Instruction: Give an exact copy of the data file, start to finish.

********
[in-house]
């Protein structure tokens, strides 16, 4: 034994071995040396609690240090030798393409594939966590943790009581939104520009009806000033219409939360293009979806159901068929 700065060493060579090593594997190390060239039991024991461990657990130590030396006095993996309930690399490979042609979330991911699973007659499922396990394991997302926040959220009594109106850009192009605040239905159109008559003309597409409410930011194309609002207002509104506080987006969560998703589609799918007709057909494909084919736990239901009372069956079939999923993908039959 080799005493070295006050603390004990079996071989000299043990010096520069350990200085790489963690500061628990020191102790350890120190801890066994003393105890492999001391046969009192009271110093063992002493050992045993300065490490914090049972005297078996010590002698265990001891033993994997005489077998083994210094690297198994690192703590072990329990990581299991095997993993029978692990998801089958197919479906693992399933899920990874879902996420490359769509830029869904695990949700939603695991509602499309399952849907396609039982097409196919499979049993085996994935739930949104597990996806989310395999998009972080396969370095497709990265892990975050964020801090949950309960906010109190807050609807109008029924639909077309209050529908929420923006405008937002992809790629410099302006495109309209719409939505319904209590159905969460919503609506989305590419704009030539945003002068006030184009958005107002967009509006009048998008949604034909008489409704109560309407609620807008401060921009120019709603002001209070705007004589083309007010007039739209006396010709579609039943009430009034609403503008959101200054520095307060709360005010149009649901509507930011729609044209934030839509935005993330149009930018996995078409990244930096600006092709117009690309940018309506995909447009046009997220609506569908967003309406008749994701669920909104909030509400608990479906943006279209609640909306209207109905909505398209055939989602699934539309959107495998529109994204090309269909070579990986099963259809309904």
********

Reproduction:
[in-house]
């Protein structure tokens, strides 16, 4: 034994071995040396609690240090030798393409594939966590943790009581939104520009009806000033219409939360293009979806159901068929 700065060493060579090593594997190390060239039991024991461990657990130590030396006095993996309930690399490979042609979330991911699973007659499922396990394991997302926040959220009594109106850009192009605040239905159109008559003309597409409410930011194309609002207002509104506080987006969560998703589609799918007709057909494909084919736990239901009372069956079939999923993908039959 080799005493070295006050603390004990079996071989000299043990010096520069350990200085790489963690500061628990020191102790350890120190801890066994003393105890492999001391046969009192009271110093063992002493050992045993300065490490914090049972005297078996010590002698265990001891033993994997005489077998083994210094690297198994690192703590072990329990990581299991095997993993029978692990998801089958197919479906693992399933899920990874879902996420490359769509830029869904695990949700939603695991509602499309399952849907396609039982097409196919499979049993085996994935739930949104597990996806989310395999998009972080396969370095497709990265892990975050964020801090949950309960906010109190807050609807109008029924639909077309209050529908929420923006405008937002992809790629410099302006495109309209719409939505319904209590159905969460919503609506989305590419704009030539945003002068006030184009958005107002967009509006009048998008949604034909008489409704109560309407609620807008401060921009120019709603002001209070705007004589083309007010007039739209006396010709579609039943009430009034609403503008959101200054520095307060709360005010149009649901509507930011729609044209934030839509935005993330149009930018996995078409990244930096600006092709117009690309940018309506995909447009046009997220609506569908967003309406008749994701669920909104909030509400608990479906943006279209609640909306209207109905909505398209055939989602699934539309959107495998529109994204090309269909070579990986099963259809309904």